Positive character traits of patients with chronic pain who display catastrophizing and fear avoidance behaviour
Background: Fear avoidance behaviour and pain catastrophizing are poor outcomes predictors in pain management. Positive character traits contribute towards a resilient mind-set for patients facing the adversity of chronic disability or illness. Objectives: To establish the presence of positive character traits amongst participants experiencing chronic pain, and whether a relationship between positive character traits and fear avoidance behaviour and/or pain catastrophizing exist. Methods: 31 participants experiencing chronic pain completedself-reporting questionnaires. The Tampa Scale for Kinesiophobia-17 (TSK), Pain Catastrophising Scale (PCS) and Adapted Inventory of Virtues and Strengths (AIVS) was used to determine the presence of fear avoidance behaviour, pain catastrophizing and positive character traits (emotional transcendence, practical wisdom, integrity, courage and commitment to action), respectively. Pearson’s product-moment correlations were used to explore the relationship between AIVS subscales and the PCS subscales and total score, and the AIVS subscales and the TKS score. Results: A sample of 31 participants with a mean age of 53 years from a private physiotherapy practice in the Johannesburg area and the Helen Joseph Pain Clinic (HJPC) participated in the study. Pain catastrophizing and fear avoidance had a prevalence of 42 % and 71%, respectively. All participants possessed strong positive character scores across all subgroups. Commitment to Action (85%), Integrity (85%) and Emotional Transcendence (84%) were the strongest traits followed by Practical Wisdom (79%) and Courage (71%). There were no associations detected between the TKS or PCS and any of the AIVS subscales. Conclusion: Albeit no established associations, positive character traits can be measured and do exist amongst individuals with chronic pain and should considered as a tool in self-management rehabilitation programmes to enhance resilience, function, and participation.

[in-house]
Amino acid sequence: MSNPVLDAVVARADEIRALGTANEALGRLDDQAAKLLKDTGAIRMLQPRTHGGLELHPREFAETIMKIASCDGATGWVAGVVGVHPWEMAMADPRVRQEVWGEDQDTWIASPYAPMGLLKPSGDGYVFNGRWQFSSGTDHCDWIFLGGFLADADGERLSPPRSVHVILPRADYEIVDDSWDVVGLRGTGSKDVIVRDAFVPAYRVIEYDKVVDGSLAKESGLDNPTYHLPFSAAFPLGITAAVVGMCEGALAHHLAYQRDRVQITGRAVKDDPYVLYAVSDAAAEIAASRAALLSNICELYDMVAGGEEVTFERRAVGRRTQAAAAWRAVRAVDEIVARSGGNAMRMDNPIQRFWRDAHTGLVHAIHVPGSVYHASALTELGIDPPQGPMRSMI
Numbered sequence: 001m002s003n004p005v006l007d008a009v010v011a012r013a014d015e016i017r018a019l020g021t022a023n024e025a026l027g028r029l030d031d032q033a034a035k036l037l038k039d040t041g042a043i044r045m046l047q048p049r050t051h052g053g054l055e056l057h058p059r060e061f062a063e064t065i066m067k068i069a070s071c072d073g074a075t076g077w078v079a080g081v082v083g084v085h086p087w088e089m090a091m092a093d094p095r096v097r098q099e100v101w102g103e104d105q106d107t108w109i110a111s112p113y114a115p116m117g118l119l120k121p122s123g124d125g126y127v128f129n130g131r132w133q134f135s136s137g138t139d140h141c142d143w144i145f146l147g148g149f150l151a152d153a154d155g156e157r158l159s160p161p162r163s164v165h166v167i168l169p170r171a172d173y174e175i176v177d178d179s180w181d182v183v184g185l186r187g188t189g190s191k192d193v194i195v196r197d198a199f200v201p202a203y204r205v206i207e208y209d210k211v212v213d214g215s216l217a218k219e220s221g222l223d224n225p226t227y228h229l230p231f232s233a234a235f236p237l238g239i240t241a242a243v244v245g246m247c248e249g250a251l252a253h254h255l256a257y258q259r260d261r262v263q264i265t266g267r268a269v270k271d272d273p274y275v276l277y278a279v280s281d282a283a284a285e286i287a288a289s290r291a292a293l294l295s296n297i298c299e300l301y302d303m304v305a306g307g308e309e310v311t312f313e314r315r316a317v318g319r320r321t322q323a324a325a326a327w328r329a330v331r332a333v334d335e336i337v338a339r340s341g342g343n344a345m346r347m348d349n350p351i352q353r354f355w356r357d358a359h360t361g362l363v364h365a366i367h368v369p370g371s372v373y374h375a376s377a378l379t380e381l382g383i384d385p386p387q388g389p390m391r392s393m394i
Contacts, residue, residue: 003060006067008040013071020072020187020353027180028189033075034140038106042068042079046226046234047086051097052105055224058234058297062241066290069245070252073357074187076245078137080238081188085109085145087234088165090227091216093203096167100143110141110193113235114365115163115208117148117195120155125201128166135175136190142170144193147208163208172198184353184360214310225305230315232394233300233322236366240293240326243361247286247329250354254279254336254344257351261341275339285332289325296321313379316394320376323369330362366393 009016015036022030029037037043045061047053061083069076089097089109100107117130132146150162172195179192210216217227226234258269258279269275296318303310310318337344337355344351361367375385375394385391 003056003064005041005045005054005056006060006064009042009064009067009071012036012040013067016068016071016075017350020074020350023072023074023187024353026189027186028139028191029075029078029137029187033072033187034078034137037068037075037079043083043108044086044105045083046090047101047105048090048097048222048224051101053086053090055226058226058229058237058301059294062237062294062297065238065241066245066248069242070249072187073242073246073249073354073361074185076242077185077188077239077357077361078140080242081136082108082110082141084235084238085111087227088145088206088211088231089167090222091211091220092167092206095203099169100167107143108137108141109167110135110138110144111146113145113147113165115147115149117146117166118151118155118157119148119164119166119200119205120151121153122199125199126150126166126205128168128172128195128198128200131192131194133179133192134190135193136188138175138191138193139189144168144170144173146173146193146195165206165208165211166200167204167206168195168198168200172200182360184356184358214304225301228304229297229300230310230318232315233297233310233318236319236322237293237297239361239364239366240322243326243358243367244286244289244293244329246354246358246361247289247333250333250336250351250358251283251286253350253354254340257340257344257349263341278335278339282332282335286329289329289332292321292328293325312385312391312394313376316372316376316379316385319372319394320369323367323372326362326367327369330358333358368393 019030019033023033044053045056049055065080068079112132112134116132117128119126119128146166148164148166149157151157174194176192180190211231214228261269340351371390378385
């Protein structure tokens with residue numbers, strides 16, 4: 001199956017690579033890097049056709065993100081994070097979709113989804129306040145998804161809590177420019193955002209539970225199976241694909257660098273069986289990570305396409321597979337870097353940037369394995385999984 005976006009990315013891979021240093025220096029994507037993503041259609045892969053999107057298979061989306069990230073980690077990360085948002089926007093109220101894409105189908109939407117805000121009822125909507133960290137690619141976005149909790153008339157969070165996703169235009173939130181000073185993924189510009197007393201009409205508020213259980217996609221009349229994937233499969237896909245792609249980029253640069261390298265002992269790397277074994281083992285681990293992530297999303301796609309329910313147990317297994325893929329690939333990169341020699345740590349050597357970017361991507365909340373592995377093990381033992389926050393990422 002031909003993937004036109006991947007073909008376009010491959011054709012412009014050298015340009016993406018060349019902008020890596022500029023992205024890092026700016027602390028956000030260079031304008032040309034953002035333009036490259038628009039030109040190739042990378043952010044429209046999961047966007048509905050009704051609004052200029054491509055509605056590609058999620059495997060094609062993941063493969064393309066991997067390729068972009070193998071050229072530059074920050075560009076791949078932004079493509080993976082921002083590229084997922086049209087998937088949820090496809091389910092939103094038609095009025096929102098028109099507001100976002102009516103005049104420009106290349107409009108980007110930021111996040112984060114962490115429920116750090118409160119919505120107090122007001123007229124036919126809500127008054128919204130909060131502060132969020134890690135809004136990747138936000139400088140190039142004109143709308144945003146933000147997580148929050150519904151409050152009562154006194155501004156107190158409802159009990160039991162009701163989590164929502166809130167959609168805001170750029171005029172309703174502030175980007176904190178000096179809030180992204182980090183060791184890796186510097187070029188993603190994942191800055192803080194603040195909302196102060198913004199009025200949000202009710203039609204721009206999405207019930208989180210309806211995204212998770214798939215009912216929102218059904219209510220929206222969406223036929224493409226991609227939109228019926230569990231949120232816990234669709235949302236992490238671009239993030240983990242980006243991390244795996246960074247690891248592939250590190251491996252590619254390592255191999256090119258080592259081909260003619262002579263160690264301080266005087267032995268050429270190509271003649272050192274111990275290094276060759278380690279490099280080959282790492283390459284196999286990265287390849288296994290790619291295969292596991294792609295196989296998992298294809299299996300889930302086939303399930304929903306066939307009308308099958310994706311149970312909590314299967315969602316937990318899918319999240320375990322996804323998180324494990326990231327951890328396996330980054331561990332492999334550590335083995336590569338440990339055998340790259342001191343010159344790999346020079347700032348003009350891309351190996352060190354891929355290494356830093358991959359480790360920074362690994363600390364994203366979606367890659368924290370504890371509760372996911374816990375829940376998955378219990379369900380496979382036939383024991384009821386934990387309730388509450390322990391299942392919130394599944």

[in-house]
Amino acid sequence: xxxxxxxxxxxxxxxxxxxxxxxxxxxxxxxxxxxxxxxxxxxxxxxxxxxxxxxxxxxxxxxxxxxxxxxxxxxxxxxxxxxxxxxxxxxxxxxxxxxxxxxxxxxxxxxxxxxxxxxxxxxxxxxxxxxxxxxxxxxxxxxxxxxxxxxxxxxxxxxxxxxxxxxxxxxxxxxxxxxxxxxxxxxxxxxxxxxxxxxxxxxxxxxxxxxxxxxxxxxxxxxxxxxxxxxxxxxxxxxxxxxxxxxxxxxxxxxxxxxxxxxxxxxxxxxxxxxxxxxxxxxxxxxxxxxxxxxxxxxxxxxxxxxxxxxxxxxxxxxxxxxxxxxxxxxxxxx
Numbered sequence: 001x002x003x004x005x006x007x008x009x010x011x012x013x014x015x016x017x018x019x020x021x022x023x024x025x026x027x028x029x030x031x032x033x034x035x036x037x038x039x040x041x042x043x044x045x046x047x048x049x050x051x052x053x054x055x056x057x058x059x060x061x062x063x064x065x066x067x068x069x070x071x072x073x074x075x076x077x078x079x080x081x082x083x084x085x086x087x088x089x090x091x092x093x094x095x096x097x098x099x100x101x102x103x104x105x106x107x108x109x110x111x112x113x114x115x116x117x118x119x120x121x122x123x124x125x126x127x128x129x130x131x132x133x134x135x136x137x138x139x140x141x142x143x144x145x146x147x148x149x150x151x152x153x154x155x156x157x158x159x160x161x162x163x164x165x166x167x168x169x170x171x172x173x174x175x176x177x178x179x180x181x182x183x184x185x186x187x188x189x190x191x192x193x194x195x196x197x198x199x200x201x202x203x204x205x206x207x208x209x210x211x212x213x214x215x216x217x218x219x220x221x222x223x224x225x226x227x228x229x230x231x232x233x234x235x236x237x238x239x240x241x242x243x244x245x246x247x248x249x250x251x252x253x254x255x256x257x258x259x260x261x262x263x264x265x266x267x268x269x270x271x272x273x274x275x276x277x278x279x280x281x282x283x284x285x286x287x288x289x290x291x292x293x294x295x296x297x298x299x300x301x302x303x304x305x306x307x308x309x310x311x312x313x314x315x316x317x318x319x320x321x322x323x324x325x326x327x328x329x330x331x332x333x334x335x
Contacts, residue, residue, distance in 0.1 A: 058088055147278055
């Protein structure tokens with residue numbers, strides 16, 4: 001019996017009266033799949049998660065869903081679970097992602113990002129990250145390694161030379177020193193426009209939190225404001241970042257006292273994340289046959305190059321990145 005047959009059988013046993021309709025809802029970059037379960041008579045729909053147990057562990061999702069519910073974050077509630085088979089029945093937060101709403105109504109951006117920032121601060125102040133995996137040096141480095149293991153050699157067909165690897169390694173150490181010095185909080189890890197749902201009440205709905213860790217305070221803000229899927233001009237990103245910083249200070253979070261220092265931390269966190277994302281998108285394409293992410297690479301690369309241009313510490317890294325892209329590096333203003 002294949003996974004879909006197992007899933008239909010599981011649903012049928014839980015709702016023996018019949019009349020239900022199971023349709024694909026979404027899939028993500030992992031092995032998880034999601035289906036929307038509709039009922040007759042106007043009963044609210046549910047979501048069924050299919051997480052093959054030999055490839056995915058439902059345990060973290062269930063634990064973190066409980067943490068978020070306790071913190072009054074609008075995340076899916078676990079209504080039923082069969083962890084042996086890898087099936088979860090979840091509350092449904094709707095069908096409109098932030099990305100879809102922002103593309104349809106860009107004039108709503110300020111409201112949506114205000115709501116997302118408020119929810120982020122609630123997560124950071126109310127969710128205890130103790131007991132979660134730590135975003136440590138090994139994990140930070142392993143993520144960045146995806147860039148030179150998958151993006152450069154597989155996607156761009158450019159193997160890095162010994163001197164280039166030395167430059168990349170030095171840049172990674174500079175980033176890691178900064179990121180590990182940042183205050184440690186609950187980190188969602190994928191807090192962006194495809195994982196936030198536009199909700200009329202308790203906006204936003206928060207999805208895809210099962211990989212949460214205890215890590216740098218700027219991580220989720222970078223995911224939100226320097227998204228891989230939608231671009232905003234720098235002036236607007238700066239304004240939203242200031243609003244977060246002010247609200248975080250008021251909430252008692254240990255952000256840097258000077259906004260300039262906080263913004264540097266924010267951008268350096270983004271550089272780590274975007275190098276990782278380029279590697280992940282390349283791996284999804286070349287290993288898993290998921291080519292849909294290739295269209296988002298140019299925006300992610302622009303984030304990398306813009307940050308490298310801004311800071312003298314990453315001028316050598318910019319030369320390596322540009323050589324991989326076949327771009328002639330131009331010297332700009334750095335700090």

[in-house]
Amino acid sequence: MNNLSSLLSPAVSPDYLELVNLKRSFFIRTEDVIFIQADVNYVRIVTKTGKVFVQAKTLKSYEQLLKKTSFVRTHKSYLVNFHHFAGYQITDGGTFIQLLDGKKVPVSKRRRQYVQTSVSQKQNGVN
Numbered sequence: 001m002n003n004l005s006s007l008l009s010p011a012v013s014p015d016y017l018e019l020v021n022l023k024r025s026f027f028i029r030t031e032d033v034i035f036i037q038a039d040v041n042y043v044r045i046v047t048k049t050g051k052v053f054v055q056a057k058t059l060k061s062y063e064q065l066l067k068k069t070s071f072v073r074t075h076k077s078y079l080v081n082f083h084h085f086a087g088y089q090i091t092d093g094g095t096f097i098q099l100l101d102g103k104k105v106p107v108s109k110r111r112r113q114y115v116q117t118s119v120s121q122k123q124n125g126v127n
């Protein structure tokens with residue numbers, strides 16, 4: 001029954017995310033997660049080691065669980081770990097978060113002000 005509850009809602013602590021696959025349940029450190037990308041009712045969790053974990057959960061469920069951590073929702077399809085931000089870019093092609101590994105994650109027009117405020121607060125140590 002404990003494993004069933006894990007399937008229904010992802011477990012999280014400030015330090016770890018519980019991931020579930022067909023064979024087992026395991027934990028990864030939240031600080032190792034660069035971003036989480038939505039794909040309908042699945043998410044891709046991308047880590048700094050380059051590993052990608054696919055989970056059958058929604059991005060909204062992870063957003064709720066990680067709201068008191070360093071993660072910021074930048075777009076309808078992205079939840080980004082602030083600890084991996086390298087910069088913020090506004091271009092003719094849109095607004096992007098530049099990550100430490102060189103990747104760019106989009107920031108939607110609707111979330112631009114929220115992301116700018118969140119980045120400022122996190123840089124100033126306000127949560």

A research report submitted to the Faculty of Health Sciences, University of Witwatersrand, Johannesburg, in partial fulfilment of the requirements for the degree of Master of Science in Physiotherapy